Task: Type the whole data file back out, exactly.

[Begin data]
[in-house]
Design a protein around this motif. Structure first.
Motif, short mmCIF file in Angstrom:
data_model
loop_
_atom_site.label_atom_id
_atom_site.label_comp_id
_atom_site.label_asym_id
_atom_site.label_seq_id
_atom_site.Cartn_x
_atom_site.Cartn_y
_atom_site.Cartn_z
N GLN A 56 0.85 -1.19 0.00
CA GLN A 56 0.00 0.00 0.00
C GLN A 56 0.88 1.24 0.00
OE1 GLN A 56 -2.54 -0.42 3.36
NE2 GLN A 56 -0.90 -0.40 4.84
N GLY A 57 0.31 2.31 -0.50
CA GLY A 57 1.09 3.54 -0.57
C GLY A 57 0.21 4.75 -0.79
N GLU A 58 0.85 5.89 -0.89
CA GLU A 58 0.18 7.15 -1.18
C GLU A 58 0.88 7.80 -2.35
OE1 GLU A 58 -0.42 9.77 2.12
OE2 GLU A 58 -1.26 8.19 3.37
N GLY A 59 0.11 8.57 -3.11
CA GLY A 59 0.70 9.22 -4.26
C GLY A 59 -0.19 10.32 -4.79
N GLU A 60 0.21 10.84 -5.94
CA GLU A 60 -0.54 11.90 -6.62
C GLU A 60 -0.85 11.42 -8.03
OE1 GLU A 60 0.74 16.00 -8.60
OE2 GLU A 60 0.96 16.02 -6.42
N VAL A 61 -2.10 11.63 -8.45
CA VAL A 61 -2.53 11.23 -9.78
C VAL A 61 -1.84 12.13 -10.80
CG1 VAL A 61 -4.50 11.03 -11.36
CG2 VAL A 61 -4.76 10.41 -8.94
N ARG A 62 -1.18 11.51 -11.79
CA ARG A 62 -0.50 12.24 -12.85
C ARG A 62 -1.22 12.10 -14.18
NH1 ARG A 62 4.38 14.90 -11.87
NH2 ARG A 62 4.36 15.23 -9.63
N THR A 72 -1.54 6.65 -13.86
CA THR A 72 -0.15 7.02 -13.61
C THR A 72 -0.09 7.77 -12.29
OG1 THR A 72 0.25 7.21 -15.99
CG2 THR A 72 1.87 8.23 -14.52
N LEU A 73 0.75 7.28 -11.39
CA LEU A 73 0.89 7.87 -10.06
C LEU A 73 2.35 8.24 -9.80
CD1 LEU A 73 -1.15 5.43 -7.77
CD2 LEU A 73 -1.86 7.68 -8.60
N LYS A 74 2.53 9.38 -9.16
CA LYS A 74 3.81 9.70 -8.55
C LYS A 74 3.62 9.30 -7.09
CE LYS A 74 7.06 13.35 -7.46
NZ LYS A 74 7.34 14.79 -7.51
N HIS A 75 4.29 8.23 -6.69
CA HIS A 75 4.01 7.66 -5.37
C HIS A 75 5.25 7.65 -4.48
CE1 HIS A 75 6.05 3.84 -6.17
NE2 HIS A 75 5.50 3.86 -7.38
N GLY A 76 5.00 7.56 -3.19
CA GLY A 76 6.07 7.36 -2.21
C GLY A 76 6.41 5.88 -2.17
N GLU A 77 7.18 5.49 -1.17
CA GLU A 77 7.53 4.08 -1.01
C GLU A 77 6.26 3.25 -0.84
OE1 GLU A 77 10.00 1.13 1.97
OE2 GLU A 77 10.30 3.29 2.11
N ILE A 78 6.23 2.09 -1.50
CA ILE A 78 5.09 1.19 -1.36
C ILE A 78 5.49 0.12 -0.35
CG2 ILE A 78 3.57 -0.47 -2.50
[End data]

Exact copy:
[in-house]
Design a protein around this motif. Structure first.
Motif, short mmCIF file in Angstrom:
data_model
loop_
_atom_site.label_atom_id
_atom_site.label_comp_id
_atom_site.label_asym_id
_atom_site.label_seq_id
_atom_site.Cartn_x
_atom_site.Cartn_y
_atom_site.Cartn_z
N GLN A 56 0.85 -1.19 0.00
CA GLN A 56 0.00 0.00 0.00
C GLN A 56 0.88 1.24 0.00
OE1 GLN A 56 -2.54 -0.42 3.36
NE2 GLN A 56 -0.90 -0.40 4.84
N GLY A 57 0.31 2.31 -0.50
CA GLY A 57 1.09 3.54 -0.57
C GLY A 57 0.21 4.75 -0.79
N GLU A 58 0.85 5.89 -0.89
CA GLU A 58 0.18 7.15 -1.18
C GLU A 58 0.88 7.80 -2.35
OE1 GLU A 58 -0.42 9.77 2.12
OE2 GLU A 58 -1.26 8.19 3.37
N GLY A 59 0.11 8.57 -3.11
CA GLY A 59 0.70 9.22 -4.26
C GLY A 59 -0.19 10.32 -4.79
N GLU A 60 0.21 10.84 -5.94
CA GLU A 60 -0.54 11.90 -6.62
C GLU A 60 -0.85 11.42 -8.03
OE1 GLU A 60 0.74 16.00 -8.60
OE2 GLU A 60 0.96 16.02 -6.42
N VAL A 61 -2.10 11.63 -8.45
CA VAL A 61 -2.53 11.23 -9.78
C VAL A 61 -1.84 12.13 -10.80
CG1 VAL A 61 -4.50 11.03 -11.36
CG2 VAL A 61 -4.76 10.41 -8.94
N ARG A 62 -1.18 11.51 -11.79
CA ARG A 62 -0.50 12.24 -12.85
C ARG A 62 -1.22 12.10 -14.18
NH1 ARG A 62 4.38 14.90 -11.87
NH2 ARG A 62 4.36 15.23 -9.63
N THR A 72 -1.54 6.65 -13.86
CA THR A 72 -0.15 7.02 -13.61
C THR A 72 -0.09 7.77 -12.29
OG1 THR A 72 0.25 7.21 -15.99
CG2 THR A 72 1.87 8.23 -14.52
N LEU A 73 0.75 7.28 -11.39
CA LEU A 73 0.89 7.87 -10.06
C LEU A 73 2.35 8.24 -9.80
CD1 LEU A 73 -1.15 5.43 -7.77
CD2 LEU A 73 -1.86 7.68 -8.60
N LYS A 74 2.53 9.38 -9.16
CA LYS A 74 3.81 9.70 -8.55
C LYS A 74 3.62 9.30 -7.09
CE LYS A 74 7.06 13.35 -7.46
NZ LYS A 74 7.34 14.79 -7.51
N HIS A 75 4.29 8.23 -6.69
CA HIS A 75 4.01 7.66 -5.37
C HIS A 75 5.25 7.65 -4.48
CE1 HIS A 75 6.05 3.84 -6.17
NE2 HIS A 75 5.50 3.86 -7.38
N GLY A 76 5.00 7.56 -3.19
CA GLY A 76 6.07 7.36 -2.21
C GLY A 76 6.41 5.88 -2.17
N GLU A 77 7.18 5.49 -1.17
CA GLU A 77 7.53 4.08 -1.01
C GLU A 77 6.26 3.25 -0.84
OE1 GLU A 77 10.00 1.13 1.97
OE2 GLU A 77 10.30 3.29 2.11
N ILE A 78 6.23 2.09 -1.50
CA ILE A 78 5.09 1.19 -1.36
C ILE A 78 5.49 0.12 -0.35
CG2 ILE A 78 3.57 -0.47 -2.50